Electromyography

Also known as: EMG.

What is electromyography?

EMG is a diagnostic procedure to assess muscle health and nerves which supply them. EMG is performed to look for brain, spinal cord, nerve and muscle diseases.
 

What happens during the procedure?

The needle may cause discomfort or pain that usually ends shortly after the needle is removed. During procedure neurologist will give you instructions on resting or contracting muscles
 

Is any special preparation needed?

Inform your neurologist conducting EMG about certain conditions including:
  • Have a pacemaker or electrical devices
  • Taking blood thinning meds
  • Have blood disorders
 

What are the risk factors?

Risks are low and may include mild discomfort, mild bleeding, infection and nerve injury where needle is inserted.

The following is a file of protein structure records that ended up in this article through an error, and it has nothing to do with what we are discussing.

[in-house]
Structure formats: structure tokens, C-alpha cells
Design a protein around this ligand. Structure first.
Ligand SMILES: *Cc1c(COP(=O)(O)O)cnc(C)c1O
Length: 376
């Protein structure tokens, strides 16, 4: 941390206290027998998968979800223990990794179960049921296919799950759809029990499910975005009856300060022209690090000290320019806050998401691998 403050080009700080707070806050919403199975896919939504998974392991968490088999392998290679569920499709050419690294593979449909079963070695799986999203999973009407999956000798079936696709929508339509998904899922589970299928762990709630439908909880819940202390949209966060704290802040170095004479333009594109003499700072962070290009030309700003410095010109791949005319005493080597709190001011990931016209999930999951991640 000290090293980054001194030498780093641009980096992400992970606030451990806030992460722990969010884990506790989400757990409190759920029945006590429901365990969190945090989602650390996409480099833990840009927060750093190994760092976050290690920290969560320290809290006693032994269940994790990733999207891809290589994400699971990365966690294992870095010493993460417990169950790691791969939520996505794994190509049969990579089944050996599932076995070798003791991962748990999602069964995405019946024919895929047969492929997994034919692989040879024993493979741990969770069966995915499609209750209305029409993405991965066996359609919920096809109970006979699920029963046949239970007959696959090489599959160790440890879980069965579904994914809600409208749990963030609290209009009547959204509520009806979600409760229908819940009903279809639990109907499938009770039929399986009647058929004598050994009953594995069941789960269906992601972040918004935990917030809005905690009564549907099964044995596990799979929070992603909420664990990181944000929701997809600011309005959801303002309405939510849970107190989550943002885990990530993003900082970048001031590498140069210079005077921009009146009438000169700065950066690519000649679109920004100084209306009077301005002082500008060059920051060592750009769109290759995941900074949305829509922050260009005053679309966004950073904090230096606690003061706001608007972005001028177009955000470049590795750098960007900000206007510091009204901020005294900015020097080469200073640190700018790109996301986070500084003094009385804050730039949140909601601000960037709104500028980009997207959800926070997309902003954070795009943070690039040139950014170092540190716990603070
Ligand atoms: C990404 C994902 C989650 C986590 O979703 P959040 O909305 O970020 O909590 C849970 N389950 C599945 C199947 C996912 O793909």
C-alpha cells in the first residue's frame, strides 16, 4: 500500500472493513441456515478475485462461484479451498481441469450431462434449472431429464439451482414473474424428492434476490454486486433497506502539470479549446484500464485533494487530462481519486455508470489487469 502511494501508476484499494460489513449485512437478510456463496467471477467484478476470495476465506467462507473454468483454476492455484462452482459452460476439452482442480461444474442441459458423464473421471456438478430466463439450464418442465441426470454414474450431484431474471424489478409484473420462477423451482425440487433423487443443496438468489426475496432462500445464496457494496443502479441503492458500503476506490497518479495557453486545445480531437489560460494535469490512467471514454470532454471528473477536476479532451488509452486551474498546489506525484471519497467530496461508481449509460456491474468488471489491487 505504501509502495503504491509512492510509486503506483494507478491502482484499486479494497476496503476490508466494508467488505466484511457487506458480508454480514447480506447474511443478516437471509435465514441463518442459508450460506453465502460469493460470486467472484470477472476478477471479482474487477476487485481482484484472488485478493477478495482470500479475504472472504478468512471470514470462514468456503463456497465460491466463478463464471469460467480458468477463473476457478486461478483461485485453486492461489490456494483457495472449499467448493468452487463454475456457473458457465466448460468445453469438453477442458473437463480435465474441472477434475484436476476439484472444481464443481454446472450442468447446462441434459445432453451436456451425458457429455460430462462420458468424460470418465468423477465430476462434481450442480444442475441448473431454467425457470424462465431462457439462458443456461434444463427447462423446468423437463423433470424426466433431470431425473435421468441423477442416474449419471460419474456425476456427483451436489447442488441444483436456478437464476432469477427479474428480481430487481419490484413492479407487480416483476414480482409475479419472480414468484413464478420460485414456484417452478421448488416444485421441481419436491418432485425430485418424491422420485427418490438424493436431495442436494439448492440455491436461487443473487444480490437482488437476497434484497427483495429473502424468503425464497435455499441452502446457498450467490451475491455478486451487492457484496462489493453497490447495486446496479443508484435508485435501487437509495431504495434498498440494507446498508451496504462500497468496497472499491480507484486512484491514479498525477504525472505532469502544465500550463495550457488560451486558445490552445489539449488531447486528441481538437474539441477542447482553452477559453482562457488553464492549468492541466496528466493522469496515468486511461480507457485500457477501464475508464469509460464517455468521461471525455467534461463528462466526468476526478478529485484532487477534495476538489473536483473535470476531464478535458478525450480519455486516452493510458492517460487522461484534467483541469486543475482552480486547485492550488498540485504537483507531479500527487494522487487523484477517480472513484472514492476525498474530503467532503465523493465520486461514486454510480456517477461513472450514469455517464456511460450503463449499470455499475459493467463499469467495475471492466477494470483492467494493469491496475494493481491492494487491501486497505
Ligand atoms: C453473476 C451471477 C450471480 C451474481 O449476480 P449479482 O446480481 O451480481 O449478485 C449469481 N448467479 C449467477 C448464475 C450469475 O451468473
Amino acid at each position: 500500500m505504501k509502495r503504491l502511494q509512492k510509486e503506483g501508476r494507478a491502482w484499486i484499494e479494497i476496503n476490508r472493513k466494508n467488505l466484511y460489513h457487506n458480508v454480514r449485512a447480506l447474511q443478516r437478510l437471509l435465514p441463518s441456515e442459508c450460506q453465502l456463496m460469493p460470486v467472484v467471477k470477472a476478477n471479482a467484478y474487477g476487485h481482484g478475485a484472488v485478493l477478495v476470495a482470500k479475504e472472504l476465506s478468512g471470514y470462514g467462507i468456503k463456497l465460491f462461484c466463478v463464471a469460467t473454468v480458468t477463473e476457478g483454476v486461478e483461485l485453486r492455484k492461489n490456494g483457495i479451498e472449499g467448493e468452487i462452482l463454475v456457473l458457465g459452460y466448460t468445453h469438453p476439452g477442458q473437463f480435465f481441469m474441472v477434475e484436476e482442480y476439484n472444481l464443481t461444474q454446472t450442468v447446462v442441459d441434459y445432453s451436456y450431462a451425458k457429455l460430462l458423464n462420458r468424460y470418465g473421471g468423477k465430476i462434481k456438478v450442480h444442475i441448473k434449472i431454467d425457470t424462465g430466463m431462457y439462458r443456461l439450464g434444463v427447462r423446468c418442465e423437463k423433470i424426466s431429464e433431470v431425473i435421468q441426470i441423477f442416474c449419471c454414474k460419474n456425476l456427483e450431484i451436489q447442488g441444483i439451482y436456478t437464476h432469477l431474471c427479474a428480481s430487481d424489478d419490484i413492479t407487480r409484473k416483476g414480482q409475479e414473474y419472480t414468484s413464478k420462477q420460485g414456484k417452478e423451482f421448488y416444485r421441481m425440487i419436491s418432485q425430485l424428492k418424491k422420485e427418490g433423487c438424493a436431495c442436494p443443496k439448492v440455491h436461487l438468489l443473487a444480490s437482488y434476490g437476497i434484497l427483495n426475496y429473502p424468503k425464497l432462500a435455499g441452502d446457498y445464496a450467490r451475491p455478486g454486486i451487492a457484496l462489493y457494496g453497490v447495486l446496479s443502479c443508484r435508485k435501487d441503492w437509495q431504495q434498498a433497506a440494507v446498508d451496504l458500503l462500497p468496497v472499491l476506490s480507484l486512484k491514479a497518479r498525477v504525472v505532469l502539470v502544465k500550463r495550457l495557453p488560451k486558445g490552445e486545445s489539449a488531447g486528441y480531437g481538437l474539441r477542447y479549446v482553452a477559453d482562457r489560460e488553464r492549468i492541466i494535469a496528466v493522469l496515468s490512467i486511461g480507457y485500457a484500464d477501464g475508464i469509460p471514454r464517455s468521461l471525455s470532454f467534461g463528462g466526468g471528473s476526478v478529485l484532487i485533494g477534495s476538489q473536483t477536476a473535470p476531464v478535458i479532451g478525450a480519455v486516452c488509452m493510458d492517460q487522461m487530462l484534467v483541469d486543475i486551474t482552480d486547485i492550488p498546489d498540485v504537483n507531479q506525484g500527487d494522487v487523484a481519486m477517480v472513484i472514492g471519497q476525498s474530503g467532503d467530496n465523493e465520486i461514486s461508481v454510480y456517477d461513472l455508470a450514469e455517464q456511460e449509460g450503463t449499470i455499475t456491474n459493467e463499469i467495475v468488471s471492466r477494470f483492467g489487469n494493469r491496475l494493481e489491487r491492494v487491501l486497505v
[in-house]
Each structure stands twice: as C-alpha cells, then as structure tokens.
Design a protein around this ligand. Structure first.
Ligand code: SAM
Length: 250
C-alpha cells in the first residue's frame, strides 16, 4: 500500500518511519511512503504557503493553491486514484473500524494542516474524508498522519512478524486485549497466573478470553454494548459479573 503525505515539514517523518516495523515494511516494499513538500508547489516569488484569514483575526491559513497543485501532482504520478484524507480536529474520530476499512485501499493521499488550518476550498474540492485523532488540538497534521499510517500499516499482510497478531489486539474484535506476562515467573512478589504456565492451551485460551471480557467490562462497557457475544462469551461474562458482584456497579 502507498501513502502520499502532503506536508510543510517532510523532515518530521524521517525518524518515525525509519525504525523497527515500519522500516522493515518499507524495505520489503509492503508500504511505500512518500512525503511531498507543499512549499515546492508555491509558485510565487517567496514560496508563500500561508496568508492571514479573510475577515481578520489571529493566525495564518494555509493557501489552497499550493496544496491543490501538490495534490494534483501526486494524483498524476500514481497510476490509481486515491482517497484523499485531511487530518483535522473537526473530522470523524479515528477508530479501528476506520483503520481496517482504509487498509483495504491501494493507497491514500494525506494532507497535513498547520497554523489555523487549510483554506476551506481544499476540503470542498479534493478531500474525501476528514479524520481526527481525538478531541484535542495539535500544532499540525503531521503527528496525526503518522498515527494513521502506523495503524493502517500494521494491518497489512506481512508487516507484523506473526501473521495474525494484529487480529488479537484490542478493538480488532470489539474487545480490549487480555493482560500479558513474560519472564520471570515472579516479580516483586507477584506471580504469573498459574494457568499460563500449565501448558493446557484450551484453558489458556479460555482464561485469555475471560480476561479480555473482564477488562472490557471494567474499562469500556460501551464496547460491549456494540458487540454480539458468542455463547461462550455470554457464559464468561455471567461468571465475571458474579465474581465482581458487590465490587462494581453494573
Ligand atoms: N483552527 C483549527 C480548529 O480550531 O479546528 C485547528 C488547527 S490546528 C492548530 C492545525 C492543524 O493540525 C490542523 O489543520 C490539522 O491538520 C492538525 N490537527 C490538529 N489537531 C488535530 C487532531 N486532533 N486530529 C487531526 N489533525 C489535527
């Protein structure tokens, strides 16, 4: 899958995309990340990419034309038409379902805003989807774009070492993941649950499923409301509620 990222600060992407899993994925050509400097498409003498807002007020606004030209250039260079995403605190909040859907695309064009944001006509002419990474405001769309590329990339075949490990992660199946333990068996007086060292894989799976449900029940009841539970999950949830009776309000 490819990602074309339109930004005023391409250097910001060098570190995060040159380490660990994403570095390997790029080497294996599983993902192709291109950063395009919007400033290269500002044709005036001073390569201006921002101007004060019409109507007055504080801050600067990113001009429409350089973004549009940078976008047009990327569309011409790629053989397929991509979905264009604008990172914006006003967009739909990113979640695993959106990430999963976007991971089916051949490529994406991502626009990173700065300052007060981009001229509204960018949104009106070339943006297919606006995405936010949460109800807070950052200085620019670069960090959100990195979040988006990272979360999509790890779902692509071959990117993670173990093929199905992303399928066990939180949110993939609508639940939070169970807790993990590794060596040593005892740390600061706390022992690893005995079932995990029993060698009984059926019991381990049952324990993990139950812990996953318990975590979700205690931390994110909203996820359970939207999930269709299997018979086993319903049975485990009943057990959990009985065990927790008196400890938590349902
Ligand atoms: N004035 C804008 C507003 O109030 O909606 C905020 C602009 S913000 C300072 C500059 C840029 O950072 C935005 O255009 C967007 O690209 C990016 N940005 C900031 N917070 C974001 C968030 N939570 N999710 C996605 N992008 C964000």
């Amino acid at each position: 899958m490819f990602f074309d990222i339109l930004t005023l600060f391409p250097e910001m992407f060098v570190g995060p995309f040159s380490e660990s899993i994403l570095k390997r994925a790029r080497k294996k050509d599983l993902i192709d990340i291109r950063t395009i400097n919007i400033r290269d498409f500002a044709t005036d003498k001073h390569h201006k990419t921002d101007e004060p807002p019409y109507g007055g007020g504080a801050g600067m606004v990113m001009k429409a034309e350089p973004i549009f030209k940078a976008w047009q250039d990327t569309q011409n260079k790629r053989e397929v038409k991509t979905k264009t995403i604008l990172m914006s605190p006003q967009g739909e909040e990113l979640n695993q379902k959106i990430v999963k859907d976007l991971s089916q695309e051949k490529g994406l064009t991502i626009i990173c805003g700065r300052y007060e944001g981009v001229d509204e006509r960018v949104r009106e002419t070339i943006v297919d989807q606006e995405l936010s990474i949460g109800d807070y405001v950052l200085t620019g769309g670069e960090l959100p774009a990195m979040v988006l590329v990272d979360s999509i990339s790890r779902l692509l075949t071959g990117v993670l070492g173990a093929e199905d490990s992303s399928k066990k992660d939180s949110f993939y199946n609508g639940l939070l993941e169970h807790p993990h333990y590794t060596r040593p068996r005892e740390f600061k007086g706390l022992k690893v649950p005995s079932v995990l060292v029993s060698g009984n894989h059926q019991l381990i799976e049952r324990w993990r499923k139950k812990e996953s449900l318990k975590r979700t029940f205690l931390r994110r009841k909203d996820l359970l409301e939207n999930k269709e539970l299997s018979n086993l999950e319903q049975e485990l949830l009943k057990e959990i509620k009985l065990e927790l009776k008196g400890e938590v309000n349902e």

Reviewed by: Sayed Z. Naqvi, MD

This page was last updated on: 7/25/2018 10:00:22 AM

Weekly Support Programs

Brain Wellness: Yoga for Kids

This program is provided by a certified yoga instructor. It offers children and teens the following benefits: managing stress through breathing, self-awareness, healthy movement and meditation. Yoga also promotes strength, flexibility, coordination and body awareness. Learn more.

From the Newsdesk

Dr. John Ragheb Contributes to Development of New CDC Guidelines for Mild Traumatic Brain Injury
Dr. John Ragheb, Director of the Division of Neurosurgery at Nicklaus Children’s Hospital, is among a group of renowned physicians who developed the first evidence-based guideline in the U.S. on mild traumatic brain injury (mTBI) and concussions among children, published by the CDC in September. 
Dr. Aaron Berger Discusses Brachial Plexus Injuries

Dr. Aaron Berger is a pediatriac hand surgeon at Nicklaus Children's Hospital. For more information about the Brachial Plexus and Peripheral Nerve Disorders Program, please visit nicklauschildrens.org/BrachialPlexus